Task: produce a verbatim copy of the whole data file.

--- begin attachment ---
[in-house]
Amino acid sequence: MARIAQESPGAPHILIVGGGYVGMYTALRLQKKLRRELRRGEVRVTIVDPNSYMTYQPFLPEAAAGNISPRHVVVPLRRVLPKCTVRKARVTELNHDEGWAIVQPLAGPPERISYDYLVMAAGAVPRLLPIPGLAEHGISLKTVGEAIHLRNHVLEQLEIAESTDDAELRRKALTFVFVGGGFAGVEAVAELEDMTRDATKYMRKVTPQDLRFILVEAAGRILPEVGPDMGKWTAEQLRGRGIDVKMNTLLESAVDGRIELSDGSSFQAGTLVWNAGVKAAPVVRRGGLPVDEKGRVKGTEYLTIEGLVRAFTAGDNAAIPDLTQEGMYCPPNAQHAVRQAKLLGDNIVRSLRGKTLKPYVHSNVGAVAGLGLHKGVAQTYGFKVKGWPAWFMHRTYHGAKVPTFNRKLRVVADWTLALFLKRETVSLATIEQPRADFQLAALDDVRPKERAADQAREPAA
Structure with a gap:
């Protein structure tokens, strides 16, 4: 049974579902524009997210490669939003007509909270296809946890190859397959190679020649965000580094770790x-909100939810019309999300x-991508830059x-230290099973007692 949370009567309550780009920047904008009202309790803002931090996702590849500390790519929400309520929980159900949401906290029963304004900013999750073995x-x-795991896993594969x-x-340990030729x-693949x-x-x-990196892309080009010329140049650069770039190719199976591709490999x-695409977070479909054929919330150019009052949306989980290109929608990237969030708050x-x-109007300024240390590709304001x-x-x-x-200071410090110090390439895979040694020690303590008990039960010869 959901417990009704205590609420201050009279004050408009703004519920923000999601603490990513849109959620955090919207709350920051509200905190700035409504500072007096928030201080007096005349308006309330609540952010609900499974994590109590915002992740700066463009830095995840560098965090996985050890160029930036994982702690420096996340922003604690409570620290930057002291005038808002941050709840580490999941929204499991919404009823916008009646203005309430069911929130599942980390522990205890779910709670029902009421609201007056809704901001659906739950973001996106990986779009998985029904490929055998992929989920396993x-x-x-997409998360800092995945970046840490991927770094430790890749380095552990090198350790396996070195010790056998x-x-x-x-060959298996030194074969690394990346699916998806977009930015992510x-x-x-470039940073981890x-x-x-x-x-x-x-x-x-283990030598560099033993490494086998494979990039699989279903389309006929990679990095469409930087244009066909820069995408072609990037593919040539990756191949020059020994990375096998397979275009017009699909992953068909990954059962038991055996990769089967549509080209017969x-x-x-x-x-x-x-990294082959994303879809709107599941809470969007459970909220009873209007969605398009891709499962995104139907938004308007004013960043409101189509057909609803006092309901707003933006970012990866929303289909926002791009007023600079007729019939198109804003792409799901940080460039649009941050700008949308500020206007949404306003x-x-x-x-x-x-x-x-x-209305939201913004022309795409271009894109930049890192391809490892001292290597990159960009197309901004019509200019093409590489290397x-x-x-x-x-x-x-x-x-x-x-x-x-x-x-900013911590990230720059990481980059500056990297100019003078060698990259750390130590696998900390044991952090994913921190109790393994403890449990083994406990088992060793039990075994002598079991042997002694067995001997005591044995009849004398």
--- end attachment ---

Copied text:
[in-house]
Amino acid sequence: MARIAQESPGAPHILIVGGGYVGMYTALRLQKKLRRELRRGEVRVTIVDPNSYMTYQPFLPEAAAGNISPRHVVVPLRRVLPKCTVRKARVTELNHDEGWAIVQPLAGPPERISYDYLVMAAGAVPRLLPIPGLAEHGISLKTVGEAIHLRNHVLEQLEIAESTDDAELRRKALTFVFVGGGFAGVEAVAELEDMTRDATKYMRKVTPQDLRFILVEAAGRILPEVGPDMGKWTAEQLRGRGIDVKMNTLLESAVDGRIELSDGSSFQAGTLVWNAGVKAAPVVRRGGLPVDEKGRVKGTEYLTIEGLVRAFTAGDNAAIPDLTQEGMYCPPNAQHAVRQAKLLGDNIVRSLRGKTLKPYVHSNVGAVAGLGLHKGVAQTYGFKVKGWPAWFMHRTYHGAKVPTFNRKLRVVADWTLALFLKRETVSLATIEQPRADFQLAALDDVRPKERAADQAREPAA
Structure with a gap:
């Protein structure tokens, strides 16, 4: 049974579902524009997210490669939003007509909270296809946890190859397959190679020649965000580094770790x-909100939810019309999300x-991508830059x-230290099973007692 949370009567309550780009920047904008009202309790803002931090996702590849500390790519929400309520929980159900949401906290029963304004900013999750073995x-x-795991896993594969x-x-340990030729x-693949x-x-x-990196892309080009010329140049650069770039190719199976591709490999x-695409977070479909054929919330150019009052949306989980290109929608990237969030708050x-x-109007300024240390590709304001x-x-x-x-200071410090110090390439895979040694020690303590008990039960010869 959901417990009704205590609420201050009279004050408009703004519920923000999601603490990513849109959620955090919207709350920051509200905190700035409504500072007096928030201080007096005349308006309330609540952010609900499974994590109590915002992740700066463009830095995840560098965090996985050890160029930036994982702690420096996340922003604690409570620290930057002291005038808002941050709840580490999941929204499991919404009823916008009646203005309430069911929130599942980390522990205890779910709670029902009421609201007056809704901001659906739950973001996106990986779009998985029904490929055998992929989920396993x-x-x-997409998360800092995945970046840490991927770094430790890749380095552990090198350790396996070195010790056998x-x-x-x-060959298996030194074969690394990346699916998806977009930015992510x-x-x-470039940073981890x-x-x-x-x-x-x-x-x-283990030598560099033993490494086998494979990039699989279903389309006929990679990095469409930087244009066909820069995408072609990037593919040539990756191949020059020994990375096998397979275009017009699909992953068909990954059962038991055996990769089967549509080209017969x-x-x-x-x-x-x-990294082959994303879809709107599941809470969007459970909220009873209007969605398009891709499962995104139907938004308007004013960043409101189509057909609803006092309901707003933006970012990866929303289909926002791009007023600079007729019939198109804003792409799901940080460039649009941050700008949308500020206007949404306003x-x-x-x-x-x-x-x-x-209305939201913004022309795409271009894109930049890192391809490892001292290597990159960009197309901004019509200019093409590489290397x-x-x-x-x-x-x-x-x-x-x-x-x-x-x-900013911590990230720059990481980059500056990297100019003078060698990259750390130590696998900390044991952090994913921190109790393994403890449990083994406990088992060793039990075994002598079991042997002694067995001997005591044995009849004398």